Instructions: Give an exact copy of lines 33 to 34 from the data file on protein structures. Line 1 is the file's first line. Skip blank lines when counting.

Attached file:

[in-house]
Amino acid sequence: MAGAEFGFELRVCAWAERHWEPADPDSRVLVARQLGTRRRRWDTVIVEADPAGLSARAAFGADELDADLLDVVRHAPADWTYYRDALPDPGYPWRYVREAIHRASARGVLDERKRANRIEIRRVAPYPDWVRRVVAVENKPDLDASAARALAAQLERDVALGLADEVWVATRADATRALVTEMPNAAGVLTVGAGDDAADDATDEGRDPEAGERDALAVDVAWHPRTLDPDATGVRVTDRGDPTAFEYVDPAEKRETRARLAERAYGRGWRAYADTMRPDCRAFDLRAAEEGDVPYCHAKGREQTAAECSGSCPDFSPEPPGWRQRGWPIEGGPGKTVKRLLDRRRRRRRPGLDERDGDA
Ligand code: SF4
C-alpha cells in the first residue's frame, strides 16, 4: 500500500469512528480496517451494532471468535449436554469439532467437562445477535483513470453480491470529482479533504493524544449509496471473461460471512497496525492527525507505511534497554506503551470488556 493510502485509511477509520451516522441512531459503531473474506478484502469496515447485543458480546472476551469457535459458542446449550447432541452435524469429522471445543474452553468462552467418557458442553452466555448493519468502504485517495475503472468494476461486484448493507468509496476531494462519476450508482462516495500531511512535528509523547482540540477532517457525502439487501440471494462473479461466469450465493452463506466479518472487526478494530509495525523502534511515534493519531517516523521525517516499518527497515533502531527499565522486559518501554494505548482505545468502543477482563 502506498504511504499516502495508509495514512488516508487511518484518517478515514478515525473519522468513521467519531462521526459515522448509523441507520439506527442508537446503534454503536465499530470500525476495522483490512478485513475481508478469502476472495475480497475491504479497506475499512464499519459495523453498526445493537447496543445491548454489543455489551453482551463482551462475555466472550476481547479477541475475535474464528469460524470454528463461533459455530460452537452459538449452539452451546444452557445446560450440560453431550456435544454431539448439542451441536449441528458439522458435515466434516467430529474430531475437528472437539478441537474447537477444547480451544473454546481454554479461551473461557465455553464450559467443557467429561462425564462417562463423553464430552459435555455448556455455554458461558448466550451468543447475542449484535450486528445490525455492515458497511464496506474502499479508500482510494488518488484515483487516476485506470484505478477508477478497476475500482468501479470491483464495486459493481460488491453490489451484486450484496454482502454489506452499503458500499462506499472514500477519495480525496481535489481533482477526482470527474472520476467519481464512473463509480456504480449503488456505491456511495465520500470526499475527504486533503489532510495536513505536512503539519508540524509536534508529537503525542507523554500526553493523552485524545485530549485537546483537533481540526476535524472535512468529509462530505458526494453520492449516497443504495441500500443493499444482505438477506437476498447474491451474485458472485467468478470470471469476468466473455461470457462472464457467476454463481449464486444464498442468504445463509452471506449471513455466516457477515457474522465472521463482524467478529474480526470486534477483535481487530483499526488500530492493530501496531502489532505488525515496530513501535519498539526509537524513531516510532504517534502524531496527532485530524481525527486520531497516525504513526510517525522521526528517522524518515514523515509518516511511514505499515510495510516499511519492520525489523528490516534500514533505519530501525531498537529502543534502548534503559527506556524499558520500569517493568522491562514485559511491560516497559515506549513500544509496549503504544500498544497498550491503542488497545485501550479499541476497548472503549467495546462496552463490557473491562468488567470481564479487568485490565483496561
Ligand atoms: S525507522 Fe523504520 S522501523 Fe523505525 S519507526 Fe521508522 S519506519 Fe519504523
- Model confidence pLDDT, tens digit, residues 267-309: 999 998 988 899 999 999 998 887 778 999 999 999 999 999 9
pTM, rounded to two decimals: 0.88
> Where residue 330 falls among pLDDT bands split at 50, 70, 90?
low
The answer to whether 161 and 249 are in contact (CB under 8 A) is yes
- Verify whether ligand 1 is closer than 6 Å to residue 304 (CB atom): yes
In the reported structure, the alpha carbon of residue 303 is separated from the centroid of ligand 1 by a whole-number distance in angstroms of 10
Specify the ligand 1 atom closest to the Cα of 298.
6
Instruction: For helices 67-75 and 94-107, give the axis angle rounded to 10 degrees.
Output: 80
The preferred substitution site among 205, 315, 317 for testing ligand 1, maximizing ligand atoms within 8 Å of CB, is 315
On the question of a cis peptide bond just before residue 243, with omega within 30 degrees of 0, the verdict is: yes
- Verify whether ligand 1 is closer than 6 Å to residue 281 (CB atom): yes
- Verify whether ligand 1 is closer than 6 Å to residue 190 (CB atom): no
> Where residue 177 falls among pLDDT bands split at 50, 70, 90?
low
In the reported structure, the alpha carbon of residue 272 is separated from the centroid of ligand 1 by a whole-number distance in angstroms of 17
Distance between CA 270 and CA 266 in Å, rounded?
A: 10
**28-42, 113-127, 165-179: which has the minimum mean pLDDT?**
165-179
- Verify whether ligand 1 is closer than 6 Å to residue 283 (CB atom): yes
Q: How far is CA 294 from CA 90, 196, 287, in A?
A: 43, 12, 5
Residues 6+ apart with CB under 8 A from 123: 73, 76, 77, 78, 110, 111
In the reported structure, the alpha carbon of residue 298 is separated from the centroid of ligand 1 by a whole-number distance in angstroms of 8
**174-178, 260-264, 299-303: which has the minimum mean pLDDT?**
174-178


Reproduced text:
**174-178, 260-264, 299-303: which has the minimum mean pLDDT?**
174-178